The reason I think long-distance relationships are an important life experience is that they are such hard work. Like, heart-wrenchingly hard work. I didn’t plan it this way, but all of my serious relationships have involved some form of long distance, whether dating my high-school sweetheart whilst in boarding school, being separated from a college boyfriend during the university break, or having my husband move back to Canada a few weeks after we got married.

Over the eight years that we’ve been together, we’ve spent about almost three years of those in some form of long distance. After meeting in Sydney and dating for a few months, my partner Marc moved to Canberra for a graduate job. Later, in 2012, his work offered him the chance to work in London for nine months, during which time we only saw each other twice. Then there were the nine months when he was basically commuting weekly between Brisbane and Canberra. And then in 2016 there was the 12-month stint in Canada (during which time we got engaged and somehow pulled off a wedding within five months. Handy wedding hint: There is a whole lot of stuff you just don’t worry about when you’re in this situation!).

In all of the instances where we were doing international long distance, there was never a question that I couldn’t have joined him, but I chose not to. I wanted to focus on my own career and build up my professional experience. I also wanted him to be able to make the most of such an incredible opportunity. And it’s not just one sided either. This year, we’re moving to London so that I can chase my dream of working for a cultural organisation, but one of the likely sacrifices is that Marc’s work will be based in Europe, meaning we’ll spend part of the week apart.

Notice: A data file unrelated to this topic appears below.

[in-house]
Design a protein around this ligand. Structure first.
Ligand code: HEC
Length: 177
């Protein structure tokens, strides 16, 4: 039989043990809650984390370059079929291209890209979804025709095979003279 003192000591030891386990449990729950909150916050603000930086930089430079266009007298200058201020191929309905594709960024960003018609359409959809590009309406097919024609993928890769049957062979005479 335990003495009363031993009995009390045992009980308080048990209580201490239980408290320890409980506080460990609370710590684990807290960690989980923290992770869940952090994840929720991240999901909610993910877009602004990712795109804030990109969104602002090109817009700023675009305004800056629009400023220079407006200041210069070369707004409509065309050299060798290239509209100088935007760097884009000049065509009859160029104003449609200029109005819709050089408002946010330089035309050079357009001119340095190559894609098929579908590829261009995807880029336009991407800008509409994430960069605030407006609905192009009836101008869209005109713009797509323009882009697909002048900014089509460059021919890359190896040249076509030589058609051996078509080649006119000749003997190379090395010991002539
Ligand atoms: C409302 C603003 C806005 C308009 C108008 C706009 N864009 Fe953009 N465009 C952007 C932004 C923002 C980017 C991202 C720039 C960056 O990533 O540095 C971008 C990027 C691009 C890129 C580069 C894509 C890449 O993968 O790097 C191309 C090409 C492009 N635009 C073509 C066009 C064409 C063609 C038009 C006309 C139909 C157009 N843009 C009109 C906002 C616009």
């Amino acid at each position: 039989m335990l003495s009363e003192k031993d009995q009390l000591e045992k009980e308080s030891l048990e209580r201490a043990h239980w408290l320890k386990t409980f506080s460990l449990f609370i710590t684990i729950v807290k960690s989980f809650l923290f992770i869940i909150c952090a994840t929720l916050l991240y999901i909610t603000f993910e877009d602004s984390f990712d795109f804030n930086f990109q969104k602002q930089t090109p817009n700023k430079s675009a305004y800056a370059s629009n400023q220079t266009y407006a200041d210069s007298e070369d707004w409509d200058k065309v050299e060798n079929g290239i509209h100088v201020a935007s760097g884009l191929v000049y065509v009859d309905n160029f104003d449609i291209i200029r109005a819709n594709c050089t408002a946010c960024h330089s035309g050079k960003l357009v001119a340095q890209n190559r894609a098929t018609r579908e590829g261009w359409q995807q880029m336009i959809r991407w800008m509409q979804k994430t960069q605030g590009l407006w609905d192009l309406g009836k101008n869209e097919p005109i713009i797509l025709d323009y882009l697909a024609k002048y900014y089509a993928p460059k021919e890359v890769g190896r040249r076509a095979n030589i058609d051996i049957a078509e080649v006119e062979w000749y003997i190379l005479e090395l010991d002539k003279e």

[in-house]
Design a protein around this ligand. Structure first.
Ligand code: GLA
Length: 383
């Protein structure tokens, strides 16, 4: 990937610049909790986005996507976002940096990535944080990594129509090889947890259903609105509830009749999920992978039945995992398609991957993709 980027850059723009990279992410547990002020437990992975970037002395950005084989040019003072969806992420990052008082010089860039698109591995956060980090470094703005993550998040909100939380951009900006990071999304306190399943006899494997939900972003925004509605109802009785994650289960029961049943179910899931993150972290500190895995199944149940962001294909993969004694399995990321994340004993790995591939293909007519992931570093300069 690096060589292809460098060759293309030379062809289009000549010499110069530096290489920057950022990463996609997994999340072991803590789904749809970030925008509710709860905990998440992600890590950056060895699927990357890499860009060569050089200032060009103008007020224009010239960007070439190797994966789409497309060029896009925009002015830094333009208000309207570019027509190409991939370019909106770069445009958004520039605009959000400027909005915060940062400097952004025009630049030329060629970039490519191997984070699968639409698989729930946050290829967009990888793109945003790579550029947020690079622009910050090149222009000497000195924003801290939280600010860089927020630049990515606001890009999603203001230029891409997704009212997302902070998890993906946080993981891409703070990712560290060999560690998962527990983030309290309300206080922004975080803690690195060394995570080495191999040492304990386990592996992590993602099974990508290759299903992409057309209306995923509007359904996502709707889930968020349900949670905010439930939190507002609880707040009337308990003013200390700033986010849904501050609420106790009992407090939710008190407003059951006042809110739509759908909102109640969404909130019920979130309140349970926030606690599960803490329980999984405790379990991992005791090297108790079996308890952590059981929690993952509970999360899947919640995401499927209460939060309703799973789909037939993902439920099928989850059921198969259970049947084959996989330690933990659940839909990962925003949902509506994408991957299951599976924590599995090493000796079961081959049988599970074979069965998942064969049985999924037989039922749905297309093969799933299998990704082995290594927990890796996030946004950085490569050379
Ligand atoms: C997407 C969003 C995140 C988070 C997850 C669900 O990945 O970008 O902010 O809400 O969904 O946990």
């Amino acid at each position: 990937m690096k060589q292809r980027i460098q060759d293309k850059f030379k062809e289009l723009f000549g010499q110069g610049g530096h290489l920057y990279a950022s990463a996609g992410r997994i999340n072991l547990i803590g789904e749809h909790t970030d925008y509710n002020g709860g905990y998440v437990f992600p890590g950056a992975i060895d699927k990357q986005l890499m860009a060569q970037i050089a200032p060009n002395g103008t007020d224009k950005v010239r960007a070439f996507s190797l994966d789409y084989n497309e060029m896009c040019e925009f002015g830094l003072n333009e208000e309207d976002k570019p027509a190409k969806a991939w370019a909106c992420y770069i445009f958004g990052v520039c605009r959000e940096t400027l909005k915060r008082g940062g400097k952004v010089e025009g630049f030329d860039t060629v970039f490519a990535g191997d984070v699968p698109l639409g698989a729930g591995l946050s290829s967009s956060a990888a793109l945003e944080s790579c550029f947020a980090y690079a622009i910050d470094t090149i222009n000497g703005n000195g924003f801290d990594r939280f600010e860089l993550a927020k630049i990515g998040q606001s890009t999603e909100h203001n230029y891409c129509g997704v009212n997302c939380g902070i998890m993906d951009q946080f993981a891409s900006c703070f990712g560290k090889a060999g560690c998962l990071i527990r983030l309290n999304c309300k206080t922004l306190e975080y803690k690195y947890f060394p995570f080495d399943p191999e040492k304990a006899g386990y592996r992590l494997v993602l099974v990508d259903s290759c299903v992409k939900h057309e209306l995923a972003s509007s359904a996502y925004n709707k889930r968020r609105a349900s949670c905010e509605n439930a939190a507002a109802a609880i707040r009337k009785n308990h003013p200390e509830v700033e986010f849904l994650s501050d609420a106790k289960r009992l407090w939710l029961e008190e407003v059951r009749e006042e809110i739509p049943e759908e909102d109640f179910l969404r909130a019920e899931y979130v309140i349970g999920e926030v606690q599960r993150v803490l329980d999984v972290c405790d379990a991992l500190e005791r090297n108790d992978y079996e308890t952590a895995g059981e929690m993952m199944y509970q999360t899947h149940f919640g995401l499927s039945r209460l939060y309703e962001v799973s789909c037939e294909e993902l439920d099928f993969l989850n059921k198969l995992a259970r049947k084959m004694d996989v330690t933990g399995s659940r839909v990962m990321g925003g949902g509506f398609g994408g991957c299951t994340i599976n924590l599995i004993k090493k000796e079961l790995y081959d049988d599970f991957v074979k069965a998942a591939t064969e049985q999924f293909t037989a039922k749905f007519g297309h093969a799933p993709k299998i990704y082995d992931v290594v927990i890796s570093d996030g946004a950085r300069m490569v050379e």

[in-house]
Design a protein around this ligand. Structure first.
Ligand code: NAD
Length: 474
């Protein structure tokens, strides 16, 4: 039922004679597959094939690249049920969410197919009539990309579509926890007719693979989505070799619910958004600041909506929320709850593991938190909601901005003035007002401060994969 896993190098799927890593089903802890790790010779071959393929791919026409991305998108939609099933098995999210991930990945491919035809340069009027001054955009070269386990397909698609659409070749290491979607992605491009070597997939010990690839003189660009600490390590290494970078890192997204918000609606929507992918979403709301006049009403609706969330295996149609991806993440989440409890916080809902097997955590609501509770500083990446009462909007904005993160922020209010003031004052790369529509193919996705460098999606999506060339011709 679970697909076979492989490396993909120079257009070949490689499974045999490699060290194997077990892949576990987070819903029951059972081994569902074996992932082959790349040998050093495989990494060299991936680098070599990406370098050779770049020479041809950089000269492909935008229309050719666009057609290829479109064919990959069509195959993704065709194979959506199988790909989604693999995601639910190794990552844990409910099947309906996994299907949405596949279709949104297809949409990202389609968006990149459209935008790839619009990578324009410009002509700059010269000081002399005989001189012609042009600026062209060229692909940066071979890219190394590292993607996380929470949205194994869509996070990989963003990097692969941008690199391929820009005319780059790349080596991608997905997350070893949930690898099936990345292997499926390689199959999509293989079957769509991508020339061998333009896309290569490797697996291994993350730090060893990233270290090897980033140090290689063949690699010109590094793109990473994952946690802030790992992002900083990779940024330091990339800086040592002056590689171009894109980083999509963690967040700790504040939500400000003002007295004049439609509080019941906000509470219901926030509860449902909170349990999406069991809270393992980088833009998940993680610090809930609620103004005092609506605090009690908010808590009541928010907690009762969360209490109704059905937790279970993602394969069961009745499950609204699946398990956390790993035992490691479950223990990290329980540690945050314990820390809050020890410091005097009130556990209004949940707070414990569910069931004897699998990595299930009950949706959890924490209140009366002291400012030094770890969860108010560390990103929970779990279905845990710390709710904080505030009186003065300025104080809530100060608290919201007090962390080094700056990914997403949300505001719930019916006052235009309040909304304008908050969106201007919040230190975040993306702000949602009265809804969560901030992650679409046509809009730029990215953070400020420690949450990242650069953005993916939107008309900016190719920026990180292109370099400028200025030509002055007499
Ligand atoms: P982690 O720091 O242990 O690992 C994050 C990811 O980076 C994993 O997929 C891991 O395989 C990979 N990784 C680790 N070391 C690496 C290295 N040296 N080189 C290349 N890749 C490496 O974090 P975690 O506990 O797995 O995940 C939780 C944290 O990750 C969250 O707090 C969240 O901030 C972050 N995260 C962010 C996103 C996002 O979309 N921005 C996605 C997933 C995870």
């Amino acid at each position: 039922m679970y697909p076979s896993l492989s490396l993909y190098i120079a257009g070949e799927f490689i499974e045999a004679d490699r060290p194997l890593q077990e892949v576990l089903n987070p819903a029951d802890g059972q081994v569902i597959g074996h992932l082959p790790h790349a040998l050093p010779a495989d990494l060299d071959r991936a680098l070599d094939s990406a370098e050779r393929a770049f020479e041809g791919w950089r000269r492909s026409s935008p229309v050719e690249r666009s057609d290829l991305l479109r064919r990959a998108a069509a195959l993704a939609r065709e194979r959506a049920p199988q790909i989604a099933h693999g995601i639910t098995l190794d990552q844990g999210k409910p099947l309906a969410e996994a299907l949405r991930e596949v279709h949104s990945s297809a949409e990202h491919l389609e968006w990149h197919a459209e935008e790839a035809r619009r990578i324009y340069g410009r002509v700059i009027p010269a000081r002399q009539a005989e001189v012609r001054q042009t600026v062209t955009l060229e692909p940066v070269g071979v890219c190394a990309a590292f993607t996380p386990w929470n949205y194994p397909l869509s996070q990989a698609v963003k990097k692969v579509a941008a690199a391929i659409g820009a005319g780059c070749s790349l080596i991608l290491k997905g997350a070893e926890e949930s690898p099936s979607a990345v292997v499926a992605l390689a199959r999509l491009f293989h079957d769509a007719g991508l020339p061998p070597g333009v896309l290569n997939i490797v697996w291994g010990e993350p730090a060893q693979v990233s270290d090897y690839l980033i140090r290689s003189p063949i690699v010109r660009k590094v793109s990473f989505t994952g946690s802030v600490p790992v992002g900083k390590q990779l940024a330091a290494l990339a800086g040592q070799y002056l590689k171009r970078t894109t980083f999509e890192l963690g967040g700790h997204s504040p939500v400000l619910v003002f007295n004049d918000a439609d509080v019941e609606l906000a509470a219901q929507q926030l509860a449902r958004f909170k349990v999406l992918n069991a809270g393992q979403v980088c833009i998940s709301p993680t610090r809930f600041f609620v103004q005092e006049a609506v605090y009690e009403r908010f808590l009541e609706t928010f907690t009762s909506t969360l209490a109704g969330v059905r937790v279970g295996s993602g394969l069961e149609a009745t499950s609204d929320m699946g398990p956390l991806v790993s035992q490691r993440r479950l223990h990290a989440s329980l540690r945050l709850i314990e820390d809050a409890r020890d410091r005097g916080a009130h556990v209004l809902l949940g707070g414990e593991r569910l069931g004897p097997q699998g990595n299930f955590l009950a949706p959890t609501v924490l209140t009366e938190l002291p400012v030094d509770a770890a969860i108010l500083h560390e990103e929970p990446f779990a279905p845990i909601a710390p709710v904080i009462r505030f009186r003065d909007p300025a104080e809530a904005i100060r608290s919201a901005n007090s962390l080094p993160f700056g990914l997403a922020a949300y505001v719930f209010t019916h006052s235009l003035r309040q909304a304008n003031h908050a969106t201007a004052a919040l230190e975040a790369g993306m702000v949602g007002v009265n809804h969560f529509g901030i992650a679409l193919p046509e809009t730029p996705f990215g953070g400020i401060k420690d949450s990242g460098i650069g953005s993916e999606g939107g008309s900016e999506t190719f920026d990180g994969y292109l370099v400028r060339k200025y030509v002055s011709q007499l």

My experience in long distance relationships is that they force individual growth, examine ingrained behaviours and prompt sometimes uncomfortable conversations. I’d argue that they make any relationship stronger. Even if the relationship doesn’t last, amidst the heartbreak, both individuals come away with a clearer sense of their personal needs and what they’re looking for in future partners.Flying the flag for long distance relationships - Mapleandmabel.com, Jose Walsh, Josephine Walsh

A phrase I heard recently is that sometimes you need to introduce chaos in order to find clarity. I spoke to a few friends about some of the positives that came out of their experiences of long distance relationship.

You’ll appreciate the time you do spend together

Melissa and her partner had been together two years before entering into long distance for 18 months. “Luckily, we were secure anyway and had lived together for two years, so we were committed to making it work,” Melissa explains. “It certainly made us spend quality time together when we had it, and with technology these days, we didn’t really feel out of the loop.”

Claire agrees. “Distance gave us both the desire to spend quality time together, but also a healthy respect for the others’ independence and personal space when they needed it.” She met her now-husband Harry when the pair were just 18, and spent three years apart whilst studying. “I knew what I liked, and Harry knew what he liked,” she says. “We met vastly different people, possibly potential partners – but no one we ever liked as much as each other.”

Making plans to see each other will bring a sense of excitement and anticipation to the relationship. It’s also important to acknowledge that sometimes the person coming home will have other commitments or people they want to see, so make sure to discuss ahead of time how you want to spend the time you do have together. “It is so gratifying to feel such love for someone, when you have missed them so much,” says Claire. “I still feel the same way when Harry goes away for a couple of days, then comes home to me.”